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Since the time of Jesus many Christians went to Jerusalem because they wanted to actually walk in the places where Jesus walked. In particular, the pilgrims wanted to walk the street where Jesus carried his cross on the way to be crucified. It is called the Via Dolorosa, the way of pain. It became the custom to stop at certain places along the route ("stations") to remember what had happened there.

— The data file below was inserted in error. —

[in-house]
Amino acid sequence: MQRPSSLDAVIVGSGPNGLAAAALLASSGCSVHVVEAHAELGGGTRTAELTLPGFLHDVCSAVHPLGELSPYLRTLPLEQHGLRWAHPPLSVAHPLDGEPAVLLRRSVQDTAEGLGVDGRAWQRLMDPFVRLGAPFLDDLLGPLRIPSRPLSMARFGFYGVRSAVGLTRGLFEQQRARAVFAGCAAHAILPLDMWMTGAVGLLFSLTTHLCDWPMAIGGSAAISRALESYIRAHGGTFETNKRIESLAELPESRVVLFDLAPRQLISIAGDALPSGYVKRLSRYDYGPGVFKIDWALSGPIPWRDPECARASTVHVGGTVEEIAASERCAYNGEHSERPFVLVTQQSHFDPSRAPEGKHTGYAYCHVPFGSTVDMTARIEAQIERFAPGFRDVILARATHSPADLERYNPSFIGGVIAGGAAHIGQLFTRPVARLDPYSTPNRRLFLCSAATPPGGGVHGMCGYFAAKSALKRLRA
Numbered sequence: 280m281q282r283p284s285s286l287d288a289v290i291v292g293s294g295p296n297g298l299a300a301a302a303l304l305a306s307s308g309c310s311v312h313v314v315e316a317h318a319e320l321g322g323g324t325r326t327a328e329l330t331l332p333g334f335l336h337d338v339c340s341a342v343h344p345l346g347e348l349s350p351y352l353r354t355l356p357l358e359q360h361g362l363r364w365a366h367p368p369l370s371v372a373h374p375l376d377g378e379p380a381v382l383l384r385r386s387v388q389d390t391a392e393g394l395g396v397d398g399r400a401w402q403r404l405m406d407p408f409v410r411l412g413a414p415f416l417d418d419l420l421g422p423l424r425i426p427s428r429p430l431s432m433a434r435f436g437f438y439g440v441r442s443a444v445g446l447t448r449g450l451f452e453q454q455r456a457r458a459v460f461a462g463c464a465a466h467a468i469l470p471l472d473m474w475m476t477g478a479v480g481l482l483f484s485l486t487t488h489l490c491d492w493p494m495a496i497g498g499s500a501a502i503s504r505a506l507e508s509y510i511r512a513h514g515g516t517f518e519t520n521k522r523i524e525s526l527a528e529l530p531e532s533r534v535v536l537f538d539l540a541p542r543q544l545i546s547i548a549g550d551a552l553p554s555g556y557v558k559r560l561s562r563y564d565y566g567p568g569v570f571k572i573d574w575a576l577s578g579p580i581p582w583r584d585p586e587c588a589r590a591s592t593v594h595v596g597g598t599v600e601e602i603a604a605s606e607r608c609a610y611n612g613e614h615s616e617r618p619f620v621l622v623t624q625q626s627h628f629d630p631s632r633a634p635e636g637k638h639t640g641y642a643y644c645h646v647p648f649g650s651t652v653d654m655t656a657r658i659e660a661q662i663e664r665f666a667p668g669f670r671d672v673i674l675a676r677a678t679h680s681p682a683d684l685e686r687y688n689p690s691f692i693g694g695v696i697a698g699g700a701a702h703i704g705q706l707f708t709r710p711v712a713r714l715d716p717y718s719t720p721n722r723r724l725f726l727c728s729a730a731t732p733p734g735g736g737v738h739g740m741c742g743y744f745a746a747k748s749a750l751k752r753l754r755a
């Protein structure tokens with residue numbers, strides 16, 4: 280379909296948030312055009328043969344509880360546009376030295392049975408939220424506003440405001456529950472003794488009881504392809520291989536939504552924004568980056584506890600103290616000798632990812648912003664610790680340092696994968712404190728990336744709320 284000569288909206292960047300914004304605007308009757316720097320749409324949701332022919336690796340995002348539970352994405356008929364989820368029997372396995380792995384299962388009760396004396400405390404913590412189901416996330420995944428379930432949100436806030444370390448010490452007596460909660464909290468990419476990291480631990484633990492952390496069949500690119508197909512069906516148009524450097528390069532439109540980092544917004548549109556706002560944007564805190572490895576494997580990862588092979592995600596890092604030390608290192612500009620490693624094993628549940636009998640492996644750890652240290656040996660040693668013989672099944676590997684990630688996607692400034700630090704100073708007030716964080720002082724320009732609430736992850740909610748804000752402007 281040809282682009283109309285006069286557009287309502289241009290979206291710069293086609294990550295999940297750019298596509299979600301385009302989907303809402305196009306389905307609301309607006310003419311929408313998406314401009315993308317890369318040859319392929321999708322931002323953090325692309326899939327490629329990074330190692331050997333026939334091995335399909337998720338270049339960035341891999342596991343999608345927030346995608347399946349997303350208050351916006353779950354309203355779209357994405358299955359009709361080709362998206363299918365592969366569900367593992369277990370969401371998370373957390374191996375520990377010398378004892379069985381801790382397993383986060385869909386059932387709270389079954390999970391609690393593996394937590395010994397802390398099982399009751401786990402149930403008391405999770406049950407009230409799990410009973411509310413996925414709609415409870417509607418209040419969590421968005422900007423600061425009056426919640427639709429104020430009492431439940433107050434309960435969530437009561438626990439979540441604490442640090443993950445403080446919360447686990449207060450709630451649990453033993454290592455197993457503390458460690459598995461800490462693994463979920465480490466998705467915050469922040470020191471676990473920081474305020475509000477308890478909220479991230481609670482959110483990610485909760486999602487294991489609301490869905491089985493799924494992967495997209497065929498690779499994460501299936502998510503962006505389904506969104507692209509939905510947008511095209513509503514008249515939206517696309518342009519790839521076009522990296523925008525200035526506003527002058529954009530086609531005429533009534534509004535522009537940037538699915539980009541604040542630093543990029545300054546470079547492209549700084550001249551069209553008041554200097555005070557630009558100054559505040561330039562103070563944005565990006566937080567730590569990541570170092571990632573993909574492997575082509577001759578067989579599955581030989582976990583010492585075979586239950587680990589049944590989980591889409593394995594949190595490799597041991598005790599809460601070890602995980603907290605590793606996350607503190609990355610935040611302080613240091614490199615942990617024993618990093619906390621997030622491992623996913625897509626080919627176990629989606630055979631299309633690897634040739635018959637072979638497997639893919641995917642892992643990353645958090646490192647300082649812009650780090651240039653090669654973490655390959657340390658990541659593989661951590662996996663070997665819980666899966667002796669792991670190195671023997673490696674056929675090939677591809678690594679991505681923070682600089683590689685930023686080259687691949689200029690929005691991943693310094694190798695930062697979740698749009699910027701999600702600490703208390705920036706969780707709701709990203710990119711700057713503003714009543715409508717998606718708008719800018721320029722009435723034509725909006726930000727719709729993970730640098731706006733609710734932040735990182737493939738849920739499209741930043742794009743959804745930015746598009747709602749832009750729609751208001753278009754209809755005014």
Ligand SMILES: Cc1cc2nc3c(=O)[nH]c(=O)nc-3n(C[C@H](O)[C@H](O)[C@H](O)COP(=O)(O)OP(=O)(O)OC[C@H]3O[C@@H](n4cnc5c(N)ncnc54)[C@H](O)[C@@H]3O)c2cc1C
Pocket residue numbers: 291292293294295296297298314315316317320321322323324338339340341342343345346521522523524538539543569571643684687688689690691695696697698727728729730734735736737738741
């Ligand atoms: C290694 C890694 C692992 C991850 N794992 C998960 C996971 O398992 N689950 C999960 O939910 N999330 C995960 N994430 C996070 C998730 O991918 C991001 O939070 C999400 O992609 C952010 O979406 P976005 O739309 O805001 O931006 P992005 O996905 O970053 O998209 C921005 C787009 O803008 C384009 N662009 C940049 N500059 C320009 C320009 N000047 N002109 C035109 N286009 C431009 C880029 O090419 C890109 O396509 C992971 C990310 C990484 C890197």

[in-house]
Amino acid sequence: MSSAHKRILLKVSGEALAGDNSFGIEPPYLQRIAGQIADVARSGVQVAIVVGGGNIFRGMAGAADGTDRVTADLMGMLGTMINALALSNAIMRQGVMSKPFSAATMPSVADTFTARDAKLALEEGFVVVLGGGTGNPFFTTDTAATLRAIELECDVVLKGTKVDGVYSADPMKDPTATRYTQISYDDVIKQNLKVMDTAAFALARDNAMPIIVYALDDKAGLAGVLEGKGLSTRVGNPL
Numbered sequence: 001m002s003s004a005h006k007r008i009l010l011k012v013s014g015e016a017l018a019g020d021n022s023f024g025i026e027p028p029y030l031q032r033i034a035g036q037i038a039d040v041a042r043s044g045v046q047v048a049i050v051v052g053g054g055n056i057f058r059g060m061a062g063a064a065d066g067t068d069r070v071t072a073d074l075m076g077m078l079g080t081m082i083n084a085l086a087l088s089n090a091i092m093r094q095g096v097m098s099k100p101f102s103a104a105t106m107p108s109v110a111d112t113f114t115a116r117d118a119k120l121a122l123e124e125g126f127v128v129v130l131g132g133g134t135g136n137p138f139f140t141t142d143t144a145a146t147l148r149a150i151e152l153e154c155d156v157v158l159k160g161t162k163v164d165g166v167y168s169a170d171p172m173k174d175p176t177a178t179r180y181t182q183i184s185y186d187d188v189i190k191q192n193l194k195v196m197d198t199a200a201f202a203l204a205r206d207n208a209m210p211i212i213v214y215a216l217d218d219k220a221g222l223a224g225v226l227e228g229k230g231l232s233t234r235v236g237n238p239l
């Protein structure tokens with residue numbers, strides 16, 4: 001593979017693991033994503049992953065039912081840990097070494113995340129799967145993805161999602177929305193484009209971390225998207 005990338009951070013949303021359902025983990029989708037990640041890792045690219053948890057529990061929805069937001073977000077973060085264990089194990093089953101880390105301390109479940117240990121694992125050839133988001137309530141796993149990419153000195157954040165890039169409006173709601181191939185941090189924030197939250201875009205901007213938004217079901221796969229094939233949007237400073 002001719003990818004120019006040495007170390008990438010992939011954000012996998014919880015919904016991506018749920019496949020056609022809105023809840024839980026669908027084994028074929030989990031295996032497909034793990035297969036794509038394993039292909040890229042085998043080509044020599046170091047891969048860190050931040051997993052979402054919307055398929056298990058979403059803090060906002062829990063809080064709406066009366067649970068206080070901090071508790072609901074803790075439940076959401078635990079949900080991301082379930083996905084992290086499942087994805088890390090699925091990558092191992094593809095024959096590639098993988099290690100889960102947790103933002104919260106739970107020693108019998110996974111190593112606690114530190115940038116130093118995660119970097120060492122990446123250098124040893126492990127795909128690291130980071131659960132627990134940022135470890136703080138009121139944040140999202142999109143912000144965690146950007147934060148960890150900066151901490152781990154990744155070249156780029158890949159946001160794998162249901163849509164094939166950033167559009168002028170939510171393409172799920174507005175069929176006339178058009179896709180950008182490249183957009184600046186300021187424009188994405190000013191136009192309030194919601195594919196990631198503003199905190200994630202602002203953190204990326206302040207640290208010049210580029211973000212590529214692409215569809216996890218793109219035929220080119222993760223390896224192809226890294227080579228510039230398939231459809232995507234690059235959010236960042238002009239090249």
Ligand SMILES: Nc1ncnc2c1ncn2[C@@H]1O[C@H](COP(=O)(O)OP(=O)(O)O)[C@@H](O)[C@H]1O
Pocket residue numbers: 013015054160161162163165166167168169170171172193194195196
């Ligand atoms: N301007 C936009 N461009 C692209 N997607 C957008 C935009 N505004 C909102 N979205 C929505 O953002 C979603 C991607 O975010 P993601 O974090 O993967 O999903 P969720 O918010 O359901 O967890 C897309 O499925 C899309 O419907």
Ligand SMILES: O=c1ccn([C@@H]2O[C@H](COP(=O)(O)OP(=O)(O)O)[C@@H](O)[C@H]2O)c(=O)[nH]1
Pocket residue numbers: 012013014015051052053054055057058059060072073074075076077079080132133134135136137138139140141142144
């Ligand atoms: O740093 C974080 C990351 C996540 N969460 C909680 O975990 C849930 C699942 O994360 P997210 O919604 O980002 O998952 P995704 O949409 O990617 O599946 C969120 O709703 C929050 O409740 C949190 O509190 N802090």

In 1342 the Franciscan monks took over the care of many Christian shrines in the Holy Land. They also started to build shrines with "stations" of the cross in Europe where pilgrims could go to remember Jesus' suffering and death without having to travel the long journey to the Holy Land. In time most Catholic (and many Anglican) churches came to have 14 "stations" of the cross where people could walk the route, and pause to stop, pray and think at each.